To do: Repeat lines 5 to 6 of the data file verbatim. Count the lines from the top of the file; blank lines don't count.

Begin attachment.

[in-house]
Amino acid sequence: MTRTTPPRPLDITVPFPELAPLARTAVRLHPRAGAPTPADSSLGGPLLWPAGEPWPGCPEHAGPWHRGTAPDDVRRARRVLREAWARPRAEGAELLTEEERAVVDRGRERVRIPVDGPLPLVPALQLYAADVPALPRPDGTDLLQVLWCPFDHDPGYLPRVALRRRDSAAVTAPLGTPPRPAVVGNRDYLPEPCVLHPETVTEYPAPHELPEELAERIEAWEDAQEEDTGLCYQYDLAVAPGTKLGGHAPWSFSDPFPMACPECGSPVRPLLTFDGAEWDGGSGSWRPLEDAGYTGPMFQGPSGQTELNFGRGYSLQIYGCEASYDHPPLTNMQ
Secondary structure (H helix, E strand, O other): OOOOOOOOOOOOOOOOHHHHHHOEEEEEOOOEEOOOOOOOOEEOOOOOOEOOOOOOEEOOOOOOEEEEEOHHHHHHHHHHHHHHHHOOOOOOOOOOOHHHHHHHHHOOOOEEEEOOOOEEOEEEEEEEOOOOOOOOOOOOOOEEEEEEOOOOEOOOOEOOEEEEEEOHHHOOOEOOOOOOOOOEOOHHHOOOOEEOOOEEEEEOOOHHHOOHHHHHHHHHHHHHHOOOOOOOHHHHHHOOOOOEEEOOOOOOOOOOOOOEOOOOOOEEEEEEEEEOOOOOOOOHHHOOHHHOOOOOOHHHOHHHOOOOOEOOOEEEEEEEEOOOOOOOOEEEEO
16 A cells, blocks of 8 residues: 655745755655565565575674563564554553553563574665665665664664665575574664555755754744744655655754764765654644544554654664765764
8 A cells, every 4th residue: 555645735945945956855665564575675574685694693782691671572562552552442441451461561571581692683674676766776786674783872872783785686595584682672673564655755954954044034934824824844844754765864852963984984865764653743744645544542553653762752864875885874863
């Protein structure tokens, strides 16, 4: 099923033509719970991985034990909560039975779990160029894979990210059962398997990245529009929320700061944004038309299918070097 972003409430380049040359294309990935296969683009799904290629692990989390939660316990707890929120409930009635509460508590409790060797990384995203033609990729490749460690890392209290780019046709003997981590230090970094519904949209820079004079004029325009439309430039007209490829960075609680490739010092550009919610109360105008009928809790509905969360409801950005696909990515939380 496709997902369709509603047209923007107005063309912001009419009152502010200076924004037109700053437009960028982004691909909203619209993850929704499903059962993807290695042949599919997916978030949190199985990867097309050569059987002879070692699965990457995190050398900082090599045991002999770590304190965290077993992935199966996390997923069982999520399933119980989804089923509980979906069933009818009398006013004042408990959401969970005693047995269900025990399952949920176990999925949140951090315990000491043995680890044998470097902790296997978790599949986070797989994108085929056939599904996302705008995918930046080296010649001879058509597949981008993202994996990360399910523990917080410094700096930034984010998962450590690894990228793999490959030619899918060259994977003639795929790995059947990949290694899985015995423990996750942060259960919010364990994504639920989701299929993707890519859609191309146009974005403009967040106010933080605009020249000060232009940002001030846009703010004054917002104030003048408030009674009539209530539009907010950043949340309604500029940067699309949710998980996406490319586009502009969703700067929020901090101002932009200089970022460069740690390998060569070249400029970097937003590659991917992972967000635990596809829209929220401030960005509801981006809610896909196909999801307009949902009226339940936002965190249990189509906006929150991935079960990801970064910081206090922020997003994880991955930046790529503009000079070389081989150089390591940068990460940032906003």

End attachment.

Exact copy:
8 A cells, every 4th residue: 555645735945945956855665564575675574685694693782691671572562552552442441451461561571581692683674676766776786674783872872783785686595584682672673564655755954954044034934824824844844754765864852963984984865764653743744645544542553653762752864875885874863
């Protein structure tokens, strides 16, 4: 099923033509719970991985034990909560039975779990160029894979990210059962398997990245529009929320700061944004038309299918070097 972003409430380049040359294309990935296969683009799904290629692990989390939660316990707890929120409930009635509460508590409790060797990384995203033609990729490749460690890392209290780019046709003997981590230090970094519904949209820079004079004029325009439309430039007209490829960075609680490739010092550009919610109360105008009928809790509905969360409801950005696909990515939380 496709997902369709509603047209923007107005063309912001009419009152502010200076924004037109700053437009960028982004691909909203619209993850929704499903059962993807290695042949599919997916978030949190199985990867097309050569059987002879070692699965990457995190050398900082090599045991002999770590304190965290077993992935199966996390997923069982999520399933119980989804089923509980979906069933009818009398006013004042408990959401969970005693047995269900025990399952949920176990999925949140951090315990000491043995680890044998470097902790296997978790599949986070797989994108085929056939599904996302705008995918930046080296010649001879058509597949981008993202994996990360399910523990917080410094700096930034984010998962450590690894990228793999490959030619899918060259994977003639795929790995059947990949290694899985015995423990996750942060259960919010364990994504639920989701299929993707890519859609191309146009974005403009967040106010933080605009020249000060232009940002001030846009703010004054917002104030003048408030009674009539209530539009907010950043949340309604500029940067699309949710998980996406490319586009502009969703700067929020901090101002932009200089970022460069740690390998060569070249400029970097937003590659991917992972967000635990596809829209929220401030960005509801981006809610896909196909999801307009949902009226339940936002965190249990189509906006929150991935079960990801970064910081206090922020997003994880991955930046790529503009000079070389081989150089390591940068990460940032906003």